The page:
El Dorado in Afghanistan
It was great news when Americans announced their surprising report about a chance of natural sources in Afghanistan. The potential revenue from mining is around one trillion US dollars. However, the issue is not only the lack of infrastructure which is the biggest barrier of the future profit from this incredible natural wealth, it is also the question of who will take the real profit from the oil, copper, coal and other mineral and natural sources. The example of copper mines in Logar province near Kabul might be a sad answer to this.
Russia was first
The potentiality is easily visible and it had been well known also before the American press release. Zare district in Balch province may support this supposition. It is a very poor area in the mountains without good roads and infrastructure. Trained eyes of a geologist can easily recognise black minerals among many rocks around. It is coal but there are no mines. The security situation is not easy and missing roads and skilled people are the main protection of the underground wealth. “When I worked for the Russians in the 1980s, we were doing geologist research in Kundus province. We found oil resources there. However, now we are quarrying only small fractions of all the resources there. All the knowledge about the sources is in Moscow,“ eng. Waheed says. It shows that the potential had been well known before, but the number of sources and the areas where they are is still secret information which only few people know.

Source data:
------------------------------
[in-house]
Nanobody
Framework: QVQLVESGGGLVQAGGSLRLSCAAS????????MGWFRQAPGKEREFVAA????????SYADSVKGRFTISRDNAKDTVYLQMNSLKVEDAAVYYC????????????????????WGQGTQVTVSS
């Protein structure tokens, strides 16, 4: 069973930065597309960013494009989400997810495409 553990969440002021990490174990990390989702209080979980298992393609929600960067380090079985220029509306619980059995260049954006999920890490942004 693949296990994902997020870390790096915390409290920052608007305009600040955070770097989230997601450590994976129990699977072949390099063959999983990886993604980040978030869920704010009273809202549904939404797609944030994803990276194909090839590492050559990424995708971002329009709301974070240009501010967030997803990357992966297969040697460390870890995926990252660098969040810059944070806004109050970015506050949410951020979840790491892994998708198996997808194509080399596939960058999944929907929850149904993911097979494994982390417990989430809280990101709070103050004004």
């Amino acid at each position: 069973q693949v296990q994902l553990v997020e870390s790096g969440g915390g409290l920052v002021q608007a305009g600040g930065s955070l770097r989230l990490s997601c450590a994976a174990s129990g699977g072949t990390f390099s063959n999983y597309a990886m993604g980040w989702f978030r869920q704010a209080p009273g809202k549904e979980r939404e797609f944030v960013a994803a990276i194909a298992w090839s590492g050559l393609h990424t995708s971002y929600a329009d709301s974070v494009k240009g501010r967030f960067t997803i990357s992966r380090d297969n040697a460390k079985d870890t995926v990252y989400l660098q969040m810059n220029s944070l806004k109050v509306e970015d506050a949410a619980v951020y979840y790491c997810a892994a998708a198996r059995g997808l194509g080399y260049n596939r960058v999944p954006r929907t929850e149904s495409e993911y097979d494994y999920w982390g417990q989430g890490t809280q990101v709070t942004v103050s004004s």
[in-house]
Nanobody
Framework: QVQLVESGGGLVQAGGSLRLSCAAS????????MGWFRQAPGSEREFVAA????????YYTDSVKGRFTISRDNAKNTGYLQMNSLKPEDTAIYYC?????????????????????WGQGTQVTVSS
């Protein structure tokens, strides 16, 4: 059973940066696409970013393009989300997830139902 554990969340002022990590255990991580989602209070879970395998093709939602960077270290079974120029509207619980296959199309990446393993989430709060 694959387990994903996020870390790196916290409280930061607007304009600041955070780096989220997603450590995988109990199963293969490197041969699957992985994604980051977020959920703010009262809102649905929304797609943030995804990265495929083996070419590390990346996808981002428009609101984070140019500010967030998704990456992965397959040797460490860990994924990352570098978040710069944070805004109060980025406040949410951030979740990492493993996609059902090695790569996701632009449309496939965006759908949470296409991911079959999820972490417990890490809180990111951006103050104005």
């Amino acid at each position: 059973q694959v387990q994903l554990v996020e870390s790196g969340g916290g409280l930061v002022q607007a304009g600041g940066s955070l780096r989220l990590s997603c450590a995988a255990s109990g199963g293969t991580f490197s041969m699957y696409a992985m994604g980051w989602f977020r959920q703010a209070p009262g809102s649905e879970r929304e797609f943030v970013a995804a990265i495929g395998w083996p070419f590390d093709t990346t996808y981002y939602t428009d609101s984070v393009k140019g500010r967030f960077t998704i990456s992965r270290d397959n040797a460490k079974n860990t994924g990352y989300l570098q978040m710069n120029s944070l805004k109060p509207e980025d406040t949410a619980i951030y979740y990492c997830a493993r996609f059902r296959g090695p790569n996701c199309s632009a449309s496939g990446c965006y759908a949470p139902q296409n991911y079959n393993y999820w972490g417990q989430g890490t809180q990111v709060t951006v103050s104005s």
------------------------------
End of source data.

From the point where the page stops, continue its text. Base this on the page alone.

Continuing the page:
Americans know and Chinese get
Many people think that Americans will be the nation with the highest profit from Afghan sources. The present development shows something different, perhaps also due to a copper mine near Kabul. The concession has been gained by Chinese. There is gossip among the Afghans that it cost 30 million US dollars on corruption. Moreover, it was probably the biggest profit which Afghans could really see. In the same way as the Chinese have been doing it all around the world, they came with their own engineers, cheap workers and miners. Therefore the Afghans did not gain anything, none of the thousands jobs which the mine could provide. It is true that the ordinary Afghans often have low education and skills, but as it is their country, should not they get the biggest part from their natural wealth?
Unfortunately, the problem of Afghanistan is corruption. Those companies which offer the biggest amount of money to the state officers can make real profit. It means that the companies which would really help Afghans economy do not get the chance. The situation could be similar to Kongo (Zair) or Sudan where people are more than poor and the wealth has been exported to the countries which simply, as they have power, want the sources and do not care about human rights at all.